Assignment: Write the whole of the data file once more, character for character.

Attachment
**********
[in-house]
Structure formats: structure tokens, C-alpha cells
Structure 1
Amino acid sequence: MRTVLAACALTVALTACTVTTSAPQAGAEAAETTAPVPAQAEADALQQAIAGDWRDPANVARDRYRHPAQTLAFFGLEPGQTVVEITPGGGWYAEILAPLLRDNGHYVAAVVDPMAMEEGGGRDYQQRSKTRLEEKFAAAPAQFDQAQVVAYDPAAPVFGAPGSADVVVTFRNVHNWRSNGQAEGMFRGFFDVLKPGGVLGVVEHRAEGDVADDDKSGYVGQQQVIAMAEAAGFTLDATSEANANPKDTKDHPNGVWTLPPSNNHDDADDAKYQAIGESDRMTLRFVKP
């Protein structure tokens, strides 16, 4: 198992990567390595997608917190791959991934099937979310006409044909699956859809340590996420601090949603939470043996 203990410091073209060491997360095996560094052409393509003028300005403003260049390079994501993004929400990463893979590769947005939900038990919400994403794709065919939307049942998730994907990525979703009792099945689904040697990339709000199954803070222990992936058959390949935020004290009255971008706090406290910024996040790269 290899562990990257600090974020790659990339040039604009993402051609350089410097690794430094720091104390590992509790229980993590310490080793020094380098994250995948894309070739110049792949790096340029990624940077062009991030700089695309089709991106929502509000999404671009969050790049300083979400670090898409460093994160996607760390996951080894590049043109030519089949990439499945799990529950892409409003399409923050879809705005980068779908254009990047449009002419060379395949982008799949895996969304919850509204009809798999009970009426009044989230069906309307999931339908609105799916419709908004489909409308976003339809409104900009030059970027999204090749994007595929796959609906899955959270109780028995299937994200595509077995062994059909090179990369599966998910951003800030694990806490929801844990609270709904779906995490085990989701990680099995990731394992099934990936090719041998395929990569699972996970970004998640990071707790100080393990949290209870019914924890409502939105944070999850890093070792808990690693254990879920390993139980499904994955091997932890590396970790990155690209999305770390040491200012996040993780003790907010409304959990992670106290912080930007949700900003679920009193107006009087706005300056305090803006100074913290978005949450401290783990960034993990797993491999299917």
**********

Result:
[in-house]
Structure formats: structure tokens, C-alpha cells
Structure 1
Amino acid sequence: MRTVLAACALTVALTACTVTTSAPQAGAEAAETTAPVPAQAEADALQQAIAGDWRDPANVARDRYRHPAQTLAFFGLEPGQTVVEITPGGGWYAEILAPLLRDNGHYVAAVVDPMAMEEGGGRDYQQRSKTRLEEKFAAAPAQFDQAQVVAYDPAAPVFGAPGSADVVVTFRNVHNWRSNGQAEGMFRGFFDVLKPGGVLGVVEHRAEGDVADDDKSGYVGQQQVIAMAEAAGFTLDATSEANANPKDTKDHPNGVWTLPPSNNHDDADDAKYQAIGESDRMTLRFVKP
């Protein structure tokens, strides 16, 4: 198992990567390595997608917190791959991934099937979310006409044909699956859809340590996420601090949603939470043996 203990410091073209060491997360095996560094052409393509003028300005403003260049390079994501993004929400990463893979590769947005939900038990919400994403794709065919939307049942998730994907990525979703009792099945689904040697990339709000199954803070222990992936058959390949935020004290009255971008706090406290910024996040790269 290899562990990257600090974020790659990339040039604009993402051609350089410097690794430094720091104390590992509790229980993590310490080793020094380098994250995948894309070739110049792949790096340029990624940077062009991030700089695309089709991106929502509000999404671009969050790049300083979400670090898409460093994160996607760390996951080894590049043109030519089949990439499945799990529950892409409003399409923050879809705005980068779908254009990047449009002419060379395949982008799949895996969304919850509204009809798999009970009426009044989230069906309307999931339908609105799916419709908004489909409308976003339809409104900009030059970027999204090749994007595929796959609906899955959270109780028995299937994200595509077995062994059909090179990369599966998910951003800030694990806490929801844990609270709904779906995490085990989701990680099995990731394992099934990936090719041998395929990569699972996970970004998640990071707790100080393990949290209870019914924890409502939105944070999850890093070792808990690693254990879920390993139980499904994955091997932890590396970790990155690209999305770390040491200012996040993780003790907010409304959990992670106290912080930007949700900003679920009193107006009087706005300056305090803006100074913290978005949450401290783990960034993990797993491999299917």